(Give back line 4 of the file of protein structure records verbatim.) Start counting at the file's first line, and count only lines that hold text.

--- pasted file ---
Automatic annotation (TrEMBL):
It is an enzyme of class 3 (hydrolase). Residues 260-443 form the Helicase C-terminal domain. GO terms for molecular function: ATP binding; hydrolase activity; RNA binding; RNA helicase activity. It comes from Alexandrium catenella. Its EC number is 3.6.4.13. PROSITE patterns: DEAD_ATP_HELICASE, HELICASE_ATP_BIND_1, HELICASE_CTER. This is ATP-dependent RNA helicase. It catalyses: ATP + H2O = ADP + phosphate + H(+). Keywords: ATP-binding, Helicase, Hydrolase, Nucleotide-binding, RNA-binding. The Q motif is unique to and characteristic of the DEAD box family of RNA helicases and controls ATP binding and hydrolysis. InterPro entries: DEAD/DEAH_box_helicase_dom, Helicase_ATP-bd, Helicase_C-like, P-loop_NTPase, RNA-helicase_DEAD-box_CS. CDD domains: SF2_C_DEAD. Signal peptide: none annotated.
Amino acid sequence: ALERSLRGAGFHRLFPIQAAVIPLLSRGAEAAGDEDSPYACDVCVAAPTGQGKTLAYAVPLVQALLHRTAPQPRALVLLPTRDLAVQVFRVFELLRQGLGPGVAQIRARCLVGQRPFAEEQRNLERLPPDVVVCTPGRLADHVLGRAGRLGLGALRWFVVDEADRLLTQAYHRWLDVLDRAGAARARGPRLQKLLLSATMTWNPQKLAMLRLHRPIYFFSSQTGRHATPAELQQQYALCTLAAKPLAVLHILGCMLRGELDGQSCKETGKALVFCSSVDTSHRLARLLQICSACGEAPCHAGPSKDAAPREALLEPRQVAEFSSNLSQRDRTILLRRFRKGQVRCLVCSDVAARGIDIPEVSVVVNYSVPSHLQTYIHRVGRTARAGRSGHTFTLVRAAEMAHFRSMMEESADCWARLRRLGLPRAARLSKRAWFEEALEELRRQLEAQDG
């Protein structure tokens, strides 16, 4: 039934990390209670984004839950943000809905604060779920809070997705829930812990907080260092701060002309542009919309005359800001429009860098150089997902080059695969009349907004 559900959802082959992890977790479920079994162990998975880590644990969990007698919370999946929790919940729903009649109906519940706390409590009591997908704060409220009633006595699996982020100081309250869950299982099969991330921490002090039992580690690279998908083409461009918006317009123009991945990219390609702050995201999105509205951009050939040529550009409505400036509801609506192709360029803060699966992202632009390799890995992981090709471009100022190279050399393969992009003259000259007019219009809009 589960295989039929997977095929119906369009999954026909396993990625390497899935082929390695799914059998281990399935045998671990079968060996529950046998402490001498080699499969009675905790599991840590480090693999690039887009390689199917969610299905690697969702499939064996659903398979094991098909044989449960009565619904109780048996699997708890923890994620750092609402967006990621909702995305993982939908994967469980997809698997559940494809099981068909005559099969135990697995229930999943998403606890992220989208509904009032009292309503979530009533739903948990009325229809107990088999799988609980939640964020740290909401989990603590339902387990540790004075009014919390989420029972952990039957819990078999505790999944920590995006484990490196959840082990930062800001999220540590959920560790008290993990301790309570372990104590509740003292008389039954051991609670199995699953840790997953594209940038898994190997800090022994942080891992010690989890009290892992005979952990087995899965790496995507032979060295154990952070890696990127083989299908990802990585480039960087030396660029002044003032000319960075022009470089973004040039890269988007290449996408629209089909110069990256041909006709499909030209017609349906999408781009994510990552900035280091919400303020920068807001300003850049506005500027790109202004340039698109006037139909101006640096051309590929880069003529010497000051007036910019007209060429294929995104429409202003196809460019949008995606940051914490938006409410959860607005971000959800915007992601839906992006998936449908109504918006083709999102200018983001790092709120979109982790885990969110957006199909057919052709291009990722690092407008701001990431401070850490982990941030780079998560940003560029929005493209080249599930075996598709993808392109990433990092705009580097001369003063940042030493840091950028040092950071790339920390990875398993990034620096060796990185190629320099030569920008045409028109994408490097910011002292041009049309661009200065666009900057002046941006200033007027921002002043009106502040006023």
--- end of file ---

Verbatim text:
């Protein structure tokens, strides 16, 4: 039934990390209670984004839950943000809905604060779920809070997705829930812990907080260092701060002309542009919309005359800001429009860098150089997902080059695969009349907004 559900959802082959992890977790479920079994162990998975880590644990969990007698919370999946929790919940729903009649109906519940706390409590009591997908704060409220009633006595699996982020100081309250869950299982099969991330921490002090039992580690690279998908083409461009918006317009123009991945990219390609702050995201999105509205951009050939040529550009409505400036509801609506192709360029803060699966992202632009390799890995992981090709471009100022190279050399393969992009003259000259007019219009809009 589960295989039929997977095929119906369009999954026909396993990625390497899935082929390695799914059998281990399935045998671990079968060996529950046998402490001498080699499969009675905790599991840590480090693999690039887009390689199917969610299905690697969702499939064996659903398979094991098909044989449960009565619904109780048996699997708890923890994620750092609402967006990621909702995305993982939908994967469980997809698997559940494809099981068909005559099969135990697995229930999943998403606890992220989208509904009032009292309503979530009533739903948990009325229809107990088999799988609980939640964020740290909401989990603590339902387990540790004075009014919390989420029972952990039957819990078999505790999944920590995006484990490196959840082990930062800001999220540590959920560790008290993990301790309570372990104590509740003292008389039954051991609670199995699953840790997953594209940038898994190997800090022994942080891992010690989890009290892992005979952990087995899965790496995507032979060295154990952070890696990127083989299908990802990585480039960087030396660029002044003032000319960075022009470089973004040039890269988007290449996408629209089909110069990256041909006709499909030209017609349906999408781009994510990552900035280091919400303020920068807001300003850049506005500027790109202004340039698109006037139909101006640096051309590929880069003529010497000051007036910019007209060429294929995104429409202003196809460019949008995606940051914490938006409410959860607005971000959800915007992601839906992006998936449908109504918006083709999102200018983001790092709120979109982790885990969110957006199909057919052709291009990722690092407008701001990431401070850490982990941030780079998560940003560029929005493209080249599930075996598709993808392109990433990092705009580097001369003063940042030493840091950028040092950071790339920390990875398993990034620096060796990185190629320099030569920008045409028109994408490097910011002292041009049309661009200065666009900057002046941006200033007027921002002043009106502040006023």